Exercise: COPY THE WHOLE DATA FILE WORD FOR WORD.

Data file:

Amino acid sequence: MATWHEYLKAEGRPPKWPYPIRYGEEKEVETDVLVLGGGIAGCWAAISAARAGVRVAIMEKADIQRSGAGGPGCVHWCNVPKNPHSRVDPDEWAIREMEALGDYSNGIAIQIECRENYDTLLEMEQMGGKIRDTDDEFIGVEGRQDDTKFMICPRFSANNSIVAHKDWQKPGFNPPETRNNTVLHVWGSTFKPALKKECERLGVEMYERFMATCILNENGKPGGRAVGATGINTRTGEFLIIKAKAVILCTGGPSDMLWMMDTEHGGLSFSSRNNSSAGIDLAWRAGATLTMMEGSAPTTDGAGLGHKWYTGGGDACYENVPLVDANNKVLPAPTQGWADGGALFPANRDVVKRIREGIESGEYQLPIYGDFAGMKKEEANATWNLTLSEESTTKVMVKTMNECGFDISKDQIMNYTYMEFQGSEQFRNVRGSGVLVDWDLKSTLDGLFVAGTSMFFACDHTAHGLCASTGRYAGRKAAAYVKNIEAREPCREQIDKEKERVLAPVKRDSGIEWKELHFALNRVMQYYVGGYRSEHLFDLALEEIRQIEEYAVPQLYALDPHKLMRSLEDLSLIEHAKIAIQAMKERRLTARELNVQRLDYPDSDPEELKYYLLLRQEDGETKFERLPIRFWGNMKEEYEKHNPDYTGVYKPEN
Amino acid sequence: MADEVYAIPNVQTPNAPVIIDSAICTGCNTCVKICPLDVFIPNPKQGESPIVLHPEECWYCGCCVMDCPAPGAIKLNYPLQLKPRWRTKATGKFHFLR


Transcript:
Amino acid sequence: MATWHEYLKAEGRPPKWPYPIRYGEEKEVETDVLVLGGGIAGCWAAISAARAGVRVAIMEKADIQRSGAGGPGCVHWCNVPKNPHSRVDPDEWAIREMEALGDYSNGIAIQIECRENYDTLLEMEQMGGKIRDTDDEFIGVEGRQDDTKFMICPRFSANNSIVAHKDWQKPGFNPPETRNNTVLHVWGSTFKPALKKECERLGVEMYERFMATCILNENGKPGGRAVGATGINTRTGEFLIIKAKAVILCTGGPSDMLWMMDTEHGGLSFSSRNNSSAGIDLAWRAGATLTMMEGSAPTTDGAGLGHKWYTGGGDACYENVPLVDANNKVLPAPTQGWADGGALFPANRDVVKRIREGIESGEYQLPIYGDFAGMKKEEANATWNLTLSEESTTKVMVKTMNECGFDISKDQIMNYTYMEFQGSEQFRNVRGSGVLVDWDLKSTLDGLFVAGTSMFFACDHTAHGLCASTGRYAGRKAAAYVKNIEAREPCREQIDKEKERVLAPVKRDSGIEWKELHFALNRVMQYYVGGYRSEHLFDLALEEIRQIEEYAVPQLYALDPHKLMRSLEDLSLIEHAKIAIQAMKERRLTARELNVQRLDYPDSDPEELKYYLLLRQEDGETKFERLPIRFWGNMKEEYEKHNPDYTGVYKPEN
Amino acid sequence: MADEVYAIPNVQTPNAPVIIDSAICTGCNTCVKICPLDVFIPNPKQGESPIVLHPEECWYCGCCVMDCPAPGAIKLNYPLQLKPRWRTKATGKFHFLR